All Things Considered

'We're in trouble': Evictions surpass pre-pandemic levels, strain shelters

Attorney Kayleen Asmus consults with Brenda Benitez.
Legal Assistance of Olmstead County attorney Kayleen Asmus (left) consults with Brenda Benitez, an attorney representing a landlord, during an eviction clinic held at Olmsted County District Court on Feb. 20, 2019.
Christine T. Nguyen | MPR News

“We’re in trouble.” That's the message from Hennepin County Commissioner Angela Conley in a recent Twitter thread about rising eviction rates.

The state began phasing out pandemic protections for renters last summer. Since then, evictions filings have skyrocketed, with the number of families in shelters following a similar path.

“Our two family shelters in Hennepin County have reached capacity. We're using overflow rooms and hotels now. And for some families, they're living outside,” Conley told MPR News.

Statewide, evictions averaged 600 a week in June. That’s 73 percent above the pre-pandemic average, according to court filings compiled by Princeton University's Eviction Lab. Most of those filings were in Hennepin County.

Conley joined All Things Considered Monday to talk about the problem and potential solutions. You can hear the conversation using the audio player above, or read the transcript below. It has been lightly edited for length.

Line graph of evictions and families in shelter
The number of eviction filings and families in shelter in Hennepin County rose sharply in 2022.
Courtesy of Hennepin County.

Tell us what you know about who is being evicted and which communities are being most affected?

So these are Black families. I want to be very clear about that. These are Black and Indigenous families with children, who are working families. And as we know, wages are not keeping up with the huge increases that we've seen in rent.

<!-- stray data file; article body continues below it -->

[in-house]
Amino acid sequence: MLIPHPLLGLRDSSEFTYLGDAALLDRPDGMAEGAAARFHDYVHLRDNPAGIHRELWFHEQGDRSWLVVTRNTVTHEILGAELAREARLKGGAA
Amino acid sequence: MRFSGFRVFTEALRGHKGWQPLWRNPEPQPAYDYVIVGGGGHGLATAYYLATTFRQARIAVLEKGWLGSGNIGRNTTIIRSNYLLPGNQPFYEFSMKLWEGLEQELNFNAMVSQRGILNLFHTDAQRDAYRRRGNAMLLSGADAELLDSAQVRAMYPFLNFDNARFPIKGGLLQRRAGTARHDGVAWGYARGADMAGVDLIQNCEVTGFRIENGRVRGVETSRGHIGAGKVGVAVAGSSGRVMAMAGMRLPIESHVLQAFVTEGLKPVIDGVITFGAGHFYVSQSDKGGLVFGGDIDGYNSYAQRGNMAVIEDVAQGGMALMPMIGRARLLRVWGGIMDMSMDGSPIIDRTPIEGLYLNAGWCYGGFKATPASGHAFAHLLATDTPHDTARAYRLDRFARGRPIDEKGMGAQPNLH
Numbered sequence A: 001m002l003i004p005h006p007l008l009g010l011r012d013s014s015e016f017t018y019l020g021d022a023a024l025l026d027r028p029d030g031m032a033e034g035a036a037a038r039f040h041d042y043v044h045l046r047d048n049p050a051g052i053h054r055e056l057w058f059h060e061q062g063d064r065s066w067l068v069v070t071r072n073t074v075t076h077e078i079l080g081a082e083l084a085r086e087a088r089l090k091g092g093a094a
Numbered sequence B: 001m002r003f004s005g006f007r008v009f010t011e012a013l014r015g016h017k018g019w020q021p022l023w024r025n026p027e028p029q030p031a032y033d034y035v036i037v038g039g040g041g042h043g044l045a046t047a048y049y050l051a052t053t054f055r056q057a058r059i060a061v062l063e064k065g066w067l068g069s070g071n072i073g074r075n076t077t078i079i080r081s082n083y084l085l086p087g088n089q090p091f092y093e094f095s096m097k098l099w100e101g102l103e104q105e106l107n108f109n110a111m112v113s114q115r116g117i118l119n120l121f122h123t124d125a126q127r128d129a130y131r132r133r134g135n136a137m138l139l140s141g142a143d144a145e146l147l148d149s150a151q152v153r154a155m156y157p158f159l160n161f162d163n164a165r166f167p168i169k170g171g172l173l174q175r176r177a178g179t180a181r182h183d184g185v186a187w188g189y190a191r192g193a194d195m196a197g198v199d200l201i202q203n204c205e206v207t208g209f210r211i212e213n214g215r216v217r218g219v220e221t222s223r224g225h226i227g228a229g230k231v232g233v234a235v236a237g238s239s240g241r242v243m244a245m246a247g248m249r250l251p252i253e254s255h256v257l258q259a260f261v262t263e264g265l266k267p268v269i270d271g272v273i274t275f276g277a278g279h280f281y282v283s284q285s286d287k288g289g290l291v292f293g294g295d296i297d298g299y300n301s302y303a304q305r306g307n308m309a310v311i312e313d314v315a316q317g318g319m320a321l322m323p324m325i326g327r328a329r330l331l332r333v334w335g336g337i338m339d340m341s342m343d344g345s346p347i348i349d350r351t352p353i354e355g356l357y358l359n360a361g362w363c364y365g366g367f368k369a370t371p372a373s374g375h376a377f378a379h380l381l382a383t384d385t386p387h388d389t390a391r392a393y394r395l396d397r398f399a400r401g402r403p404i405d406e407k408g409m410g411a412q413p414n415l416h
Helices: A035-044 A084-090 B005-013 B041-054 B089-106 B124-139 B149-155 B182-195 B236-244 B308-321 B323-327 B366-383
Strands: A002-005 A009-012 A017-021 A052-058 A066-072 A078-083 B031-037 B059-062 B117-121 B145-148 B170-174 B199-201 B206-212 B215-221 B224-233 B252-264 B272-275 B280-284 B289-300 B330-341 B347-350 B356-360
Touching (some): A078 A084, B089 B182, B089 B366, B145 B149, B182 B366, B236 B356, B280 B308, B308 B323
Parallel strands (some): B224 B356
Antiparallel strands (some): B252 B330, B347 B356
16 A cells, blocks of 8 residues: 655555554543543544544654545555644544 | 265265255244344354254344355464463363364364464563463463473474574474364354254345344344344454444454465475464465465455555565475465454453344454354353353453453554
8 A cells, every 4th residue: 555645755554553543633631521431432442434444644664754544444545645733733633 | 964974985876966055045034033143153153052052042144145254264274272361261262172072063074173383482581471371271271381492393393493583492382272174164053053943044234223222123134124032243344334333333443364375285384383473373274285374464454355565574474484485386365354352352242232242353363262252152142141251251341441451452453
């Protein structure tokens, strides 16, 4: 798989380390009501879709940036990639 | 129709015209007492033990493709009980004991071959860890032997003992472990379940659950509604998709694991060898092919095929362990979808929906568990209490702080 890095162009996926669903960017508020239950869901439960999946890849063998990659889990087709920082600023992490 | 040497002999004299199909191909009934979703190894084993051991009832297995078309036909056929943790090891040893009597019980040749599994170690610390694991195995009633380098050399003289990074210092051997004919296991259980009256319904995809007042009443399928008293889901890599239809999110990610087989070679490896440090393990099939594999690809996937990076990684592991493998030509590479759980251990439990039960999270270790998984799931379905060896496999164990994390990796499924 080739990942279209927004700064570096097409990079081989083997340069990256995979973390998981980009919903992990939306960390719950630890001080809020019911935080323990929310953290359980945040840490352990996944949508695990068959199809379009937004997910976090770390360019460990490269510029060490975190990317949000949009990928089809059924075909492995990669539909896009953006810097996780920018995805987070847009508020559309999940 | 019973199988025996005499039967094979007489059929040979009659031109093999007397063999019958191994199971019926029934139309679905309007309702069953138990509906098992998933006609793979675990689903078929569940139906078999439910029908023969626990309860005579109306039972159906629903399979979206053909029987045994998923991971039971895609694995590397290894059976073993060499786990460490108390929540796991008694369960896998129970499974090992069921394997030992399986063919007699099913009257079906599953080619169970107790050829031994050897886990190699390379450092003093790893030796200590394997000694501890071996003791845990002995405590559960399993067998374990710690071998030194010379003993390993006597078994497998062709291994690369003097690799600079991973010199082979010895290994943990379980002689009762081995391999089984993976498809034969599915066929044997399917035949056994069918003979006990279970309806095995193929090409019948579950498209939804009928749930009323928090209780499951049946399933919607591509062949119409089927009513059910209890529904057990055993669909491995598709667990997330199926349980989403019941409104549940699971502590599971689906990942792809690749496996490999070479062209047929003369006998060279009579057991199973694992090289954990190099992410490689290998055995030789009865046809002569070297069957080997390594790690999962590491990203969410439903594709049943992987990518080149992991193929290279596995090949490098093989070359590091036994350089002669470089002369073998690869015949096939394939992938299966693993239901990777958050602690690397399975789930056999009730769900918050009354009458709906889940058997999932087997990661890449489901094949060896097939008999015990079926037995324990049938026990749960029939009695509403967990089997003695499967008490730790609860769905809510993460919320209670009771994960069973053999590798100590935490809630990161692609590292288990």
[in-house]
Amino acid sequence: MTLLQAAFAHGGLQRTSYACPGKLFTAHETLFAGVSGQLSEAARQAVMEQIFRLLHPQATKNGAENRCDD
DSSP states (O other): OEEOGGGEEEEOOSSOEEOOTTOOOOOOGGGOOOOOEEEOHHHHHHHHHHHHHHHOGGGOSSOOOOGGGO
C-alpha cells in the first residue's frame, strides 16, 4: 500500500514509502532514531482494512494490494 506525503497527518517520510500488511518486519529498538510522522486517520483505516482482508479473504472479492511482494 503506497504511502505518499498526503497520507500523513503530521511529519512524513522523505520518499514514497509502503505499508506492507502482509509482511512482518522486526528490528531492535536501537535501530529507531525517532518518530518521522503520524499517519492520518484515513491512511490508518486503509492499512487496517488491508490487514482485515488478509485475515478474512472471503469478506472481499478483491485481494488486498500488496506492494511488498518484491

In just a few months, our two family shelters in Hennepin County have reached capacity. We're using overflow rooms and hotels now. And for some families, they're living outside.

What's your sense of the reasons why so many people are being evicted?

So we had a really robust rental assistance program that came with our American Rescue Plan allocation, and then it came to an end.

Now, during the last [legislative] session, our governor put together a bonding package that had millions of dollars for rental assistance available. However, as we all know, that bonding package was not approved. And so there's still a lot of money out there for this, but we're not getting it.

What I will say, though, is that both the City of Minneapolis and Hennepin County have been granted about $6 million from the state that will specifically go towards rental assistance for families with school-aged children. But we still have this really dark reality that when the school year starts next month, there will be many, many young children who will be going back to school with no adequate shelter.

When you say we're in trouble, what do you mean by that? What's at stake beyond these individual family struggles?

We've spent a lot of dollars since the beginning of the pandemic making sure people were housed [and] bringing down the number of people experiencing homelessness. Our last point-in-time count this year showed a decrease for the first time in several years of the number of people counted who are living outside. But what we're going to do now is actually reverse that.

We're in trouble because we're going to reverse the hard work that we've done to keep families off the streets.

How can the state and federal government or private industry help?

We need more funds from Housing and Urban Development to trickle down and go directly to states and counties, just like the [American Rescue Plans] funds did.

Hennepin County [has] increased our tenant resources with eviction prevention services, to make sure that any family that is facing eviction has access to emergency cash assistance, triage to other services like mediation with landlords or their employer and other types of rental assistance. We need the state to funnel some of [its] surplus dollars into this work. Again, I mentioned part of the funds that were in the governor's bonding bill had supports like this already written in there.

What are you hearing from landlords about why they're making these decisions to evict, and are there services available for them?

A lot of our resources are aimed at both tenants and landlords, because 90 percent of the huge number of eviction filings are for non-payment of rent.

I think there are many landlords out there who want to support their tenants. And there are many landlords out there who we know applied for Hennepin County's rental assistance funds that were targeted towards landlords to say, “Hey, here's a bucket of money that can help you offset while we mediate with your tenant.” And it worked. It proved to be successful. So we just need to better fund that.